The decision to make it shareware didn't come lightly, it's all down to the scope of the project. It’s definitely the biggest game I’ve worked on and it does take up a huge chunk of the day just making this. The full version will come with at least 1 other short game too, but I’ve only just started work on it so even I don’t know the full details. Um, stay tuned!

Tormishire will be your largest project to date with multiple paths to take, also creating a large replayability factor. Do the features that you add to your projects stem from things that you, yourself would like to see in videogames?

I love replayability, whether it’s achieved through unlockable playable characters or new modes. Because of the nature of Tormishire, there will only be a few unlockables but the replayability here lies in the diversity and optional areas. I want to make something truly giant in terms of level design. I've also always wanted to play a game where the player can get hopelessly lost but still find a sub-quest and to change the overall story through their own choices. It’s a complete nightmare to design and code since you have to take so many items and previous stories into account but it’s worth it.

What has the development process been like so far?

It’s been good and bad. Team Fortress 2 and Knytt Stories don’t help much! I normally get around 2 - 4 solid hours a day working on it, more if I’m doing the concept art pieces or music. Music is terrible for me. I can only get musical inspiration when I’m as far from my computer as possible.

Since all I have to do now is expand the game, I just sit down, put on some Tangerine Dream tracks and get designing!

Have you experienced any unique challenges in the development process?

The online side of the things have been a constant source of troubles. It’s something I’ve always wanted to put into a game but too overwhelmed by it. It’s certainly a challenge for me but I’d get bored otherwise. Once I got the online parts sorted I went ahead and added in custom servers for anyone to run.

Best and worst aspects of developing games - what are they and why?

Level and enemy design is something I enjoy doing. I’m a media artist by trade so I like to fuse together everything I’ve been brought up with, trying to create games as good as those I played growing up. I can’t stand bug testing but that’s been solved by a very helpful group of testers.

Since Tormishire is your most ambitious project to date, do you find it hard to keep motivated throughout such a long development process?

Motivation is certainly hard to keep up, whenever I get tired of a certain area and design I'll just switch to another area or shake up the current layout a bit. It’s all down to moderation. Spending all day just designing levels breaks my eyes, doing more than 1 track a day makes all the tracks sound too similar.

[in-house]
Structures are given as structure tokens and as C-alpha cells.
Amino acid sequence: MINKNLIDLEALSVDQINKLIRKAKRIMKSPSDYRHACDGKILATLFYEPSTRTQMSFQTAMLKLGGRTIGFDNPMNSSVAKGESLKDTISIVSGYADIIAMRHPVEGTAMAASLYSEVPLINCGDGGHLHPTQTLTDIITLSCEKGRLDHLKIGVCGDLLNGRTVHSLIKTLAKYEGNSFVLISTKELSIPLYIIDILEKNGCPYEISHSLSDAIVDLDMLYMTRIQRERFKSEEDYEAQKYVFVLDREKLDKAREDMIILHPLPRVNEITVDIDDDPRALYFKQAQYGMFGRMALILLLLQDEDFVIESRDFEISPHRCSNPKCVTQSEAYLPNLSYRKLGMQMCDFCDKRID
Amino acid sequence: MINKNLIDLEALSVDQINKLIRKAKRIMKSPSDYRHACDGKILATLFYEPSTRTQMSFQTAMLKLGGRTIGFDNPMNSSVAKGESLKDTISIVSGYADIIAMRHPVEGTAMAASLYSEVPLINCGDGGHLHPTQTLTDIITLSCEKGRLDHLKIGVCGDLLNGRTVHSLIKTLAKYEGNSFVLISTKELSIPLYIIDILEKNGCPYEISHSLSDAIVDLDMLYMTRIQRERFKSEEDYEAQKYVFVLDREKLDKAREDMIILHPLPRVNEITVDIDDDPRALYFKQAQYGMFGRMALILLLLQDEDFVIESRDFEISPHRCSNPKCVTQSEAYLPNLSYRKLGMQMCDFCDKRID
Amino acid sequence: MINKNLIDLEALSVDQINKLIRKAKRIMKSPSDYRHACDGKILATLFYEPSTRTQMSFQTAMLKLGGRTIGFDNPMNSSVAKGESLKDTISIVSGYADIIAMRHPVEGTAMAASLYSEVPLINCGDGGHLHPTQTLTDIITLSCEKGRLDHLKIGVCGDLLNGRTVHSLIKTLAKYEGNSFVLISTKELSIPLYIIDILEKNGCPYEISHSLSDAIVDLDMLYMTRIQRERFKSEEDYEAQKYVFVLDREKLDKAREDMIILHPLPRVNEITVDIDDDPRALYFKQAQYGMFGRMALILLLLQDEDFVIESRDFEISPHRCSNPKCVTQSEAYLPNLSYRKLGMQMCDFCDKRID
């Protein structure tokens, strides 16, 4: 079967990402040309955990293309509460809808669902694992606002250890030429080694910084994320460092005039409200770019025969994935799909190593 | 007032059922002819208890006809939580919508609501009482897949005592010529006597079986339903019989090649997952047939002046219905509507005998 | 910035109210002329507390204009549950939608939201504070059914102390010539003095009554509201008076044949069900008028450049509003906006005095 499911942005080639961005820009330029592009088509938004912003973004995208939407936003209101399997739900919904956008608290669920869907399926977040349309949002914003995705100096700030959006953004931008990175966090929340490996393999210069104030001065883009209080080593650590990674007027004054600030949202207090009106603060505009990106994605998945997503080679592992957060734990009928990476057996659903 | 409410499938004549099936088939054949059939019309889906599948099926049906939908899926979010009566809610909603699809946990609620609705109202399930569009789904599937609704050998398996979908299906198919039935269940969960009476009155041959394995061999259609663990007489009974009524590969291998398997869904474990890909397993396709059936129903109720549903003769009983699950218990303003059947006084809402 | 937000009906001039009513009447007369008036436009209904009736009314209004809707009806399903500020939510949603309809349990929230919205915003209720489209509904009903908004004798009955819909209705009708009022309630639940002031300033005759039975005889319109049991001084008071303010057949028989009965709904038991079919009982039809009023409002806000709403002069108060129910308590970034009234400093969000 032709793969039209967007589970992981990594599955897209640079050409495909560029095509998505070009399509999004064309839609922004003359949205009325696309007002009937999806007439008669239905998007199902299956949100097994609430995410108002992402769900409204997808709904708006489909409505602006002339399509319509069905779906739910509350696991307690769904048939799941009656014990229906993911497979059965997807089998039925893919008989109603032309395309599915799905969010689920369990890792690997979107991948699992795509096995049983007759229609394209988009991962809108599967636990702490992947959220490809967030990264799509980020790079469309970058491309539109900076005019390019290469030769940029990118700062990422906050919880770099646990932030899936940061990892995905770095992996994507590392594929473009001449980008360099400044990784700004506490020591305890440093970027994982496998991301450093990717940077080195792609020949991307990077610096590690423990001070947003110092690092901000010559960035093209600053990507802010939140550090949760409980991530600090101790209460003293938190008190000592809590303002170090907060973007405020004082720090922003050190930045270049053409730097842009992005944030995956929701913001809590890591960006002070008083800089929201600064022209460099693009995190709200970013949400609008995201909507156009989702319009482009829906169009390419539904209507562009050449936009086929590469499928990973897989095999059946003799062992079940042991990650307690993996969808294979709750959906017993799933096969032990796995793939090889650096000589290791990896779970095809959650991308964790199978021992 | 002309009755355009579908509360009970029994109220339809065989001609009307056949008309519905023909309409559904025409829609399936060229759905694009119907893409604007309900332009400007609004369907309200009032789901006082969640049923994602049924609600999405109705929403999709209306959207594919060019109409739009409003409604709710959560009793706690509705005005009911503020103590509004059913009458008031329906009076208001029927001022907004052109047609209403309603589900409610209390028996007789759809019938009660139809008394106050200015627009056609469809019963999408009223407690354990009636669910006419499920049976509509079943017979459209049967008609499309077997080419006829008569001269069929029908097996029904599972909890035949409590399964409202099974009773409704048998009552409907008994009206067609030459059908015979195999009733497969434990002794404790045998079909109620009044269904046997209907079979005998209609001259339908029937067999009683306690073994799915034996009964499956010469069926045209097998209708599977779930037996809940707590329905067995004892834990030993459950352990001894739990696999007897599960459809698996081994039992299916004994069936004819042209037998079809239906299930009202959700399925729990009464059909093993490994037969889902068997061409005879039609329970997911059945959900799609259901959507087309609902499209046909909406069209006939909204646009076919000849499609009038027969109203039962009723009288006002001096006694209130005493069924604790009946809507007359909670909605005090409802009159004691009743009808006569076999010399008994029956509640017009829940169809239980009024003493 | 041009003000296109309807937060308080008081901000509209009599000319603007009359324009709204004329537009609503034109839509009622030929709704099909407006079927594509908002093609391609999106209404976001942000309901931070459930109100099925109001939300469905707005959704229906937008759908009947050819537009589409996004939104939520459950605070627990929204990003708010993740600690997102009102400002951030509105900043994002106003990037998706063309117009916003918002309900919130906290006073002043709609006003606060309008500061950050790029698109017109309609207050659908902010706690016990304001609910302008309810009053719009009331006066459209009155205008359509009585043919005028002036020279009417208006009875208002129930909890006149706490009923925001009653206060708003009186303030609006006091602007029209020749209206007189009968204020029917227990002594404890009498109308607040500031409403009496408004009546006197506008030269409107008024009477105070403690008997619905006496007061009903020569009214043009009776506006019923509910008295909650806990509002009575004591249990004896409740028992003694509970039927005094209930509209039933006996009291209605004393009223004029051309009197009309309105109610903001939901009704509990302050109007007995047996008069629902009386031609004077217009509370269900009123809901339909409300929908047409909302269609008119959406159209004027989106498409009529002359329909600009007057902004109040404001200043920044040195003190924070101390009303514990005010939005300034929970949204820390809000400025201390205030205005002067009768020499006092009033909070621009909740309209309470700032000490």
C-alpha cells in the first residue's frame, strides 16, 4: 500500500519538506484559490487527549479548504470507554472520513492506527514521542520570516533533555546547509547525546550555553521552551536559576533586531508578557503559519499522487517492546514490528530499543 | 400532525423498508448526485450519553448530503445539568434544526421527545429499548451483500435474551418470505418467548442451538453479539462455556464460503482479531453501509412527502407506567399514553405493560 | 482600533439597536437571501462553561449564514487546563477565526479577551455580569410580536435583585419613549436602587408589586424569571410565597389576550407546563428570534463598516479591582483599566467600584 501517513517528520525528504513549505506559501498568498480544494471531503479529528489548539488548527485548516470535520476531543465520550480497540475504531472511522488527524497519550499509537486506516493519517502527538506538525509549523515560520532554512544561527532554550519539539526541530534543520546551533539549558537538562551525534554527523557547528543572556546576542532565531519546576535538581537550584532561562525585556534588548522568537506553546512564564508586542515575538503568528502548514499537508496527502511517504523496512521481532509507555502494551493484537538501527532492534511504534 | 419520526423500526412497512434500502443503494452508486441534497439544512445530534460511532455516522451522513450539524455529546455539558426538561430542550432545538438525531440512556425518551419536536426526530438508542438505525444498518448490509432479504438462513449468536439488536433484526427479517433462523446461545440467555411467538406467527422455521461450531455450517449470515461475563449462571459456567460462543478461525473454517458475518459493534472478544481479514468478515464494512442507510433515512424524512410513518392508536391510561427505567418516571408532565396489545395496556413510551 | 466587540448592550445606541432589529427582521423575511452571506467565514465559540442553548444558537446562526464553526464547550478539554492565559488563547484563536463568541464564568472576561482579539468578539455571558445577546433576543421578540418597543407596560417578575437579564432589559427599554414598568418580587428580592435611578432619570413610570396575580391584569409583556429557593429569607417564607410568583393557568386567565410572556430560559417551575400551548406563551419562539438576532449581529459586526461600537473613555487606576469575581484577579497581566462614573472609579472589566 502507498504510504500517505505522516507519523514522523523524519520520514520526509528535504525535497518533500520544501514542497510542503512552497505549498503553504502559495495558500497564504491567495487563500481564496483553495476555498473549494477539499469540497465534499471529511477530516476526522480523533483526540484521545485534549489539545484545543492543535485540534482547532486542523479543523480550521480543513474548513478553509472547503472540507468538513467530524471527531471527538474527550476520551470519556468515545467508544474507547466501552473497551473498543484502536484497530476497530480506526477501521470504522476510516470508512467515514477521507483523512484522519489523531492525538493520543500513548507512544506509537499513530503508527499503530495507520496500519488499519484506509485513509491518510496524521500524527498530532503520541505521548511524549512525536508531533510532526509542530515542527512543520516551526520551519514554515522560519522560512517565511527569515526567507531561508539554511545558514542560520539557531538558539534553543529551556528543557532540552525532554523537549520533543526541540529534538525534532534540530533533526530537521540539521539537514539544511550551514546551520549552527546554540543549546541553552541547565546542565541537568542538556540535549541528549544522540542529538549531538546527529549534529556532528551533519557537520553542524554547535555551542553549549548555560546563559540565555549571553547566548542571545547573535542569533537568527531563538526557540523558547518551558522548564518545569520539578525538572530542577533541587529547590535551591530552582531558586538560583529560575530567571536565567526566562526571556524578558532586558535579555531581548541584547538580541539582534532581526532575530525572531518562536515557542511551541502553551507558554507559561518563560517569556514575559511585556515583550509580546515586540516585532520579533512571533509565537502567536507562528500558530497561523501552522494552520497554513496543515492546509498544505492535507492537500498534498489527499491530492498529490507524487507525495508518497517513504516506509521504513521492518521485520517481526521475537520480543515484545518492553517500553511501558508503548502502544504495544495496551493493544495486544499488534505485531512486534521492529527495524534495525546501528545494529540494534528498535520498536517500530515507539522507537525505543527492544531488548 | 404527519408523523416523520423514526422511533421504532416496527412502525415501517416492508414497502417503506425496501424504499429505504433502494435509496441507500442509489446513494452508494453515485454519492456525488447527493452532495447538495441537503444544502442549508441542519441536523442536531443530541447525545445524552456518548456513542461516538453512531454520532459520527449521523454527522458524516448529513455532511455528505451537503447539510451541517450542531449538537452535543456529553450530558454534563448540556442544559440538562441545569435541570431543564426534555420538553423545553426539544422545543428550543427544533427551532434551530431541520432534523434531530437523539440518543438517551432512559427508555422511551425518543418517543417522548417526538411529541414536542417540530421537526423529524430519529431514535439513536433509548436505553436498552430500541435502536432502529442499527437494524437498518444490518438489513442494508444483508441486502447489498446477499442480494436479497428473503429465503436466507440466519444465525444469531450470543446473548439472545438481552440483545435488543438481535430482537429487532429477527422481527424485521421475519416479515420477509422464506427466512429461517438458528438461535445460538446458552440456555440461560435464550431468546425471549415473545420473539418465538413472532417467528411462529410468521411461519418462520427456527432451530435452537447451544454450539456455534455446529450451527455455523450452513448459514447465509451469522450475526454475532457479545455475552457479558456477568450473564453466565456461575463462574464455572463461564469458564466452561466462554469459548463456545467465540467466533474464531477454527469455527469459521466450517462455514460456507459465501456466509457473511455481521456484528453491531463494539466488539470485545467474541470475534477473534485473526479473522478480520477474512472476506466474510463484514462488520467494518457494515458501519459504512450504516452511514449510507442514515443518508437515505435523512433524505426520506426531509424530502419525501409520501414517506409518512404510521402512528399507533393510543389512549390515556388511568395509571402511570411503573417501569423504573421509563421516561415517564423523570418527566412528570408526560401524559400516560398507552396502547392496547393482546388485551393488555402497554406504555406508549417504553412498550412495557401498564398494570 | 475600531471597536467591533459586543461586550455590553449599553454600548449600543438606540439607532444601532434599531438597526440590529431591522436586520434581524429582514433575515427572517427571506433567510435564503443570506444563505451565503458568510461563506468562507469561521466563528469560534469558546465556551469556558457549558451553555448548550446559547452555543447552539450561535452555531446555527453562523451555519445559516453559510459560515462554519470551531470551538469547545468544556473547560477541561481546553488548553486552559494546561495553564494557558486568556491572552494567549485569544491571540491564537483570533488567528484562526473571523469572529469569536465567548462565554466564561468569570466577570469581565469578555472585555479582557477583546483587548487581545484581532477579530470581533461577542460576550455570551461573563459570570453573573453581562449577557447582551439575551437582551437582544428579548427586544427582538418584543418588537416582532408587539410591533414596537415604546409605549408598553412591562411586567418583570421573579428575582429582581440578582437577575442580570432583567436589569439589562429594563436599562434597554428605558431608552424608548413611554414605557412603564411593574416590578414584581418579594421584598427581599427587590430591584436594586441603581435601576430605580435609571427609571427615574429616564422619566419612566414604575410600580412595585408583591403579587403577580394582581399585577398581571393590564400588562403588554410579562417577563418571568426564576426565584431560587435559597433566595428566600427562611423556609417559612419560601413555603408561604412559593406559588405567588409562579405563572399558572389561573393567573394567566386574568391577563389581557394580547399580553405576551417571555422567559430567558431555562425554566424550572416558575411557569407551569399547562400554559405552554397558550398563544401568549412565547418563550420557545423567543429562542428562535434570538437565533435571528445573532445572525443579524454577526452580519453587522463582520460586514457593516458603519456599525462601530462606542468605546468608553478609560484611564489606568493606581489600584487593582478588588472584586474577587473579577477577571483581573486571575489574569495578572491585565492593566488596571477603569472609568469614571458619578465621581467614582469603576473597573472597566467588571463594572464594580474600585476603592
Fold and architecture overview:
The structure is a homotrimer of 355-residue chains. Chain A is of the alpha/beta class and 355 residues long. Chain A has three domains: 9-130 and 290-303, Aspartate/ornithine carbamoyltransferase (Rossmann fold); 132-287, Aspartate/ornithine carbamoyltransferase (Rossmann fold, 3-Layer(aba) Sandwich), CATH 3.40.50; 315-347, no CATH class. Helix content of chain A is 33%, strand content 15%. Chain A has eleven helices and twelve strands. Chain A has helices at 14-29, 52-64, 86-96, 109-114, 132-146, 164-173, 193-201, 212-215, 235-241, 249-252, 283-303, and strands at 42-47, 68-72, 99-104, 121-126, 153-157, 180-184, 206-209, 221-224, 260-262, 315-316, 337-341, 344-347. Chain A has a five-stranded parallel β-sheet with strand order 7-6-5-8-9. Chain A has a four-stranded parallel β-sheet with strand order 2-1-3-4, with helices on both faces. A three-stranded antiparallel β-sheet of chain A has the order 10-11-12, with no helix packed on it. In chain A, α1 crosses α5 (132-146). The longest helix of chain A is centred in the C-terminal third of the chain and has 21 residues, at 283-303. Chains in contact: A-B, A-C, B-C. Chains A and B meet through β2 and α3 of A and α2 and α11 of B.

Do you always feel that all the blood, sweat and tears are worth it in the end? What is the best reward about creating games like this?

Oh they’re always worth it. I don’t play that many games really so it’s how I spend my free time. For Sam it was seeing guides popping up, knowing that people had played the game and uncovered every inch. Just little silly things like that really.

You have stated that this will be your last game. Do you think that the game development bug will catch you again? Do you ever catch yourself thinking about projects beyond Tormishire?

Tormishire will definitely be my last game of this scale, at least on my own. I’ll probably throw out some smaller games for my solo work. I’d actually love to make something beyond Tormishire pushing it into a series of sorts. But I don’t want to plan ahead just yet!

So game development isn't something that you would like to make a career out of? Just as a hypothetical, what if the release of Tormishire went really well and you made a decent amount of money, would this make you re-evaluate things?

I wouldn't mind a career in the industry. If Tormishire did perform well, then I'd just grab a bunch of the most creative people I know and get us producing games. I suppose we'll see what happens next year round!

Are you entering IGF?

I have entered Tormishire yes and I've been working my socks off to get a proper demo together! It's certainly given me a nice solid deadline to work towards.

In the indie community, exploration platformers seem to be more in fashion then ever. Have you had the chance to play many of these? Do you have any favourites? (Knytt, Knytt Stories, Alex Adventure, Lyle In Cube Sector).

I adored Knytt. I linked it to my friends and demanded they play it. Nifflas achieved something great with that style of his. I’m a sucker for these stylized platform games! I really enjoy these and hope designers can take note that there’s an army of players screaming out for these games.


Blogger jw said at 10/11/2007 10:16:00 AM:  
Nice interview. :) I'd like to see more of those.